The plot and the writing are good for this genre but when the author passes judgement on wind energy, he should get his facts straight. Natural gas, coal et al puts large heavy trucks on the roads and causes excessive wear and exceeds that of turbine installation. Trust me, big oil and natural gas has government subsidies cornered. NO ONE is putting up turbines because it's the popular thing to do. Sorry, but the governor is wrong about the extent of the underground resources and the neighbor who won't open his windows because of the sound describes a creaking rusted old water pumper. Wind farms prefer to work with communities so everyone benefits and discourage the divisive arrangement Box describes. Also cats and skyscrapers kill more birds than turbines--that argument was spread and funded by oil industry with buy in by birders
Mom is a recluse, famous architect whose only building is no longer standing, dad works for Microsoft, daughter is brilliant, it is set in Seattle. Daughter wants to go to Antarctica when she graduates from junior high before going off to boarding school. This is a challenge for mom, the recluse. So interesting characters, interesting background and the conflicts are set up. My only problem with the book was the emoting of the narrator. When a character was upset she had to put that emotion in the voice where the writing should suffice. Daughter upset; upset voice. Neighbor crazy angry unreasonable; weird breathless voice with tension. Really, you are meant to read the text and do it well. You aren't meant to act it out.
I was hungry for more Hunger Games so I bought this but it did not satisfy.
I like books set in Montana where place plays a prominent role. I thought the kidnapped girls might develop into detailed gross gore. That didn't happen. It must be part of a series but I'm not inspired to read the one that came before, nor do I want to read the next one.
Authenticity demerits: the detour described over Beartooth Pass in the third week in November is highly improbably. That pass closes in mid October and to the best of my knowledge, has never been open in November. Global warming may change that sometime in the future but it has not yet happened. IF the pass were open, it has an elevation of almost 11,000 feet and has hair raising hairpin turns that would either scare the bejesus out of a high school driver or send her over the edge when she hit black ice. Even a teenage driver can't text and stay alive on that road.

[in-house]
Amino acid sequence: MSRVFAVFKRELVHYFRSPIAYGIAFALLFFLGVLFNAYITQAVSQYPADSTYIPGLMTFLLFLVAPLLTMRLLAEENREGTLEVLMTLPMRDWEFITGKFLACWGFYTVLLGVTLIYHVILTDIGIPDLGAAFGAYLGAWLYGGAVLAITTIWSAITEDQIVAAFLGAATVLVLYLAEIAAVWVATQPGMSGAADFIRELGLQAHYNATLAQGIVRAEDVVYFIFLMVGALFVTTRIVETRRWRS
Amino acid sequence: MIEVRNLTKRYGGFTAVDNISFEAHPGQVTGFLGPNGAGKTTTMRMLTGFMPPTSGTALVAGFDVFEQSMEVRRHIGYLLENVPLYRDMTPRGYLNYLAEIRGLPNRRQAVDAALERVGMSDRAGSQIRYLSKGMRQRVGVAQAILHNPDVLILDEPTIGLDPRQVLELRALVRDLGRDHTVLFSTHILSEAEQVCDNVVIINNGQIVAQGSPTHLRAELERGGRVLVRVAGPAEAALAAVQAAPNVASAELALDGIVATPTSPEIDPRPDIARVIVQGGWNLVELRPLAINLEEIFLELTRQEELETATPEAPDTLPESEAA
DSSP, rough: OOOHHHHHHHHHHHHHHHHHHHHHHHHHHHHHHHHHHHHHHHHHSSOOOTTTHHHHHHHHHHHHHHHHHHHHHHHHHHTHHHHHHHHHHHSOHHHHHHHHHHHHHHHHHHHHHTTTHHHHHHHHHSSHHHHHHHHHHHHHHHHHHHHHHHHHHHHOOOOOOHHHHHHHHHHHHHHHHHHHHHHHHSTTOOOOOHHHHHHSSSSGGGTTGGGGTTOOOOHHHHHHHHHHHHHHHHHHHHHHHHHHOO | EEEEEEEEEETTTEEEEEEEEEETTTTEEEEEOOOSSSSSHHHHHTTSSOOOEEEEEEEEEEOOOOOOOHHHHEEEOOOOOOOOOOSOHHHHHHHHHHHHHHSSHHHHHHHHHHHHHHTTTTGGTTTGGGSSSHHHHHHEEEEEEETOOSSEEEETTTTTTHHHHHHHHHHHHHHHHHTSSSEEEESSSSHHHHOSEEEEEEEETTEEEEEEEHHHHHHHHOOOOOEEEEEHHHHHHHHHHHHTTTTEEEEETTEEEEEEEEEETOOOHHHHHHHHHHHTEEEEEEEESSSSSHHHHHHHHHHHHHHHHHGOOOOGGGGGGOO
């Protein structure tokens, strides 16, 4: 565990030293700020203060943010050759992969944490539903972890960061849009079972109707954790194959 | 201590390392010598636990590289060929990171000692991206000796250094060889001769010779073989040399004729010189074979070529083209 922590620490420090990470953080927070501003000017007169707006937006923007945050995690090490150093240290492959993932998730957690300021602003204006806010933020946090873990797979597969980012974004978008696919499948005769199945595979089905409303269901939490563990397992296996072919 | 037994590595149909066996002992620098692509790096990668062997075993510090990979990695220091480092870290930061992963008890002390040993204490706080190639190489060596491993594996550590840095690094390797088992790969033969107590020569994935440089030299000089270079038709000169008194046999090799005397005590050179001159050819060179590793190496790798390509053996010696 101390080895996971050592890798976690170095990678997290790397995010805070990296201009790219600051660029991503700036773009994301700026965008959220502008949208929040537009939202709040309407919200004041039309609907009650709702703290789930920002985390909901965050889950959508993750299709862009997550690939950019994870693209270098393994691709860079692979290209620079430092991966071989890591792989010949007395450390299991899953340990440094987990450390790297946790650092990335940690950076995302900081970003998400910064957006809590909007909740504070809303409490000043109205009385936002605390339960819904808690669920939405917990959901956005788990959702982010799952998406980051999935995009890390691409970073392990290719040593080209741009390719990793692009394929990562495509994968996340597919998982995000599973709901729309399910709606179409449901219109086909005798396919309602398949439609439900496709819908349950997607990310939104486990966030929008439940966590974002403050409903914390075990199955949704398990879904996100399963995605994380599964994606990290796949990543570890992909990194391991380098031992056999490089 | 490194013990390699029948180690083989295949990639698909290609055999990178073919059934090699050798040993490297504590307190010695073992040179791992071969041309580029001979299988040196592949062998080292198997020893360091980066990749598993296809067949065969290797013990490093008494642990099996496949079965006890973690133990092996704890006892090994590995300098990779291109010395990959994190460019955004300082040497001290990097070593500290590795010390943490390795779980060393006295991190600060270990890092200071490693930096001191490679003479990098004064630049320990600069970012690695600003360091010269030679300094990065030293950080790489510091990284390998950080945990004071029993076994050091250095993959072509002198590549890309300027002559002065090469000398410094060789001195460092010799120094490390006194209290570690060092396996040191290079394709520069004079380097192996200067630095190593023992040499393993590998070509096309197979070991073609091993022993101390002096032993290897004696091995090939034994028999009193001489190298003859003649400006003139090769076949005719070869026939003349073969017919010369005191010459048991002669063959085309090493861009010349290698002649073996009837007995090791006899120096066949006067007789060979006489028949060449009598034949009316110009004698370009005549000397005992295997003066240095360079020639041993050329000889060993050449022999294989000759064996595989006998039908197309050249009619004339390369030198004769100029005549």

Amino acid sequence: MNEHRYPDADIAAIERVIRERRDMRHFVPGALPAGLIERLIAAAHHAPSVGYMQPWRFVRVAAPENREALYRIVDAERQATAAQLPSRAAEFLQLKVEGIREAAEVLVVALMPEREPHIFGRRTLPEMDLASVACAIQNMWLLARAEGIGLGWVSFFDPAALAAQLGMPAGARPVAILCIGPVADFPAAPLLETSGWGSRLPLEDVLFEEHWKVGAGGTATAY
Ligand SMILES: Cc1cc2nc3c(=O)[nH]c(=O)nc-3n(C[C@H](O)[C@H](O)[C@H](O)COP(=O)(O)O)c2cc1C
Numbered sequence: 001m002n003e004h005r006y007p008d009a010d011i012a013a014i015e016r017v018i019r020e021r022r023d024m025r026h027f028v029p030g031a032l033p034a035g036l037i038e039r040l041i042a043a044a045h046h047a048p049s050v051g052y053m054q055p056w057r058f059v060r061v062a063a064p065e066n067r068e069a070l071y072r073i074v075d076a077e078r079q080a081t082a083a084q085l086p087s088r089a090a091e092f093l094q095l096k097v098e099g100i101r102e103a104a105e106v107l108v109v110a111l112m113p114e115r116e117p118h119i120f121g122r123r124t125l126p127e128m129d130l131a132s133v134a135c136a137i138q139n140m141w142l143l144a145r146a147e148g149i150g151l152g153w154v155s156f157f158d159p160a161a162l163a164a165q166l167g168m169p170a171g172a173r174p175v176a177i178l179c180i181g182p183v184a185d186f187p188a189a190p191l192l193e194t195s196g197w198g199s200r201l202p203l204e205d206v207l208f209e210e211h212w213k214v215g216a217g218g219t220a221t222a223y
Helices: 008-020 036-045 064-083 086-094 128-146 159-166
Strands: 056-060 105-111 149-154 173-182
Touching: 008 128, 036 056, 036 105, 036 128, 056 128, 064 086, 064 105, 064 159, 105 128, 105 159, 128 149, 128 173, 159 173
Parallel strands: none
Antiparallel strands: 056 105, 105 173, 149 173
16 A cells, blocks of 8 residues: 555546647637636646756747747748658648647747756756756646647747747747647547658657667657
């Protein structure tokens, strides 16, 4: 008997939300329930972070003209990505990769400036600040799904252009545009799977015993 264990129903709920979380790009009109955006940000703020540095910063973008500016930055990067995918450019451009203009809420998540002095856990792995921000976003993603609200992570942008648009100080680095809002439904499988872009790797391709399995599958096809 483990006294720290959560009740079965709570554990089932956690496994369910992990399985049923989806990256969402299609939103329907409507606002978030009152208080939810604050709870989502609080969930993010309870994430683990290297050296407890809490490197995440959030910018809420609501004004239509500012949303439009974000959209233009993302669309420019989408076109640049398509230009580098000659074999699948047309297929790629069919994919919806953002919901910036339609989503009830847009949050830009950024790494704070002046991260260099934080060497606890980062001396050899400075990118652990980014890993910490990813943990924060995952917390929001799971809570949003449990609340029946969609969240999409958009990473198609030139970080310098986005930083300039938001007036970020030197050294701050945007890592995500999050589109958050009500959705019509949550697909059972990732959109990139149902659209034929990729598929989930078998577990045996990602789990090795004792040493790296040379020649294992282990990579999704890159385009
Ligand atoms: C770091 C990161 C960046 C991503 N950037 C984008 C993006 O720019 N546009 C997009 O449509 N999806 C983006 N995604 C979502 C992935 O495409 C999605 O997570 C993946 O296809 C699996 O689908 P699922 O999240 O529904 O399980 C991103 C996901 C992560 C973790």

No native Montanan would route anyone over that pass in October much less November. I've seen it closed (for days) by snow in July.
No trucker would detour over Beartooth Pass because, not only is it closed in November, I don't think large semi trucks are allowed.
Authenticity points: the road through Yellowstone Park from Cooke City to Gardiner IS kept open all winter. There is a religious group that bought a lot of land near Gardiner.
I am from Tennessee. We have different accents than Atlanta, Mississippi or along the southeastern coast. Most people have to use the overdone accents from Clampets of Beverly Hills fame. It is sooo annoying. The narrators for this story have Atlanta and Florida accents wrong but that's okay cause they don't over do it. How they think the Blue Ridge mountain native caretaker can have a Scottish accent (because her ancestors were from Scotland?) is kind of nuts but I just let that one go. The story was pleasant, the characters were a mixed lot, just like in life, full of quirks and contradictions. There was a bad person but it was well hidden and revealed in a series of believable encounters.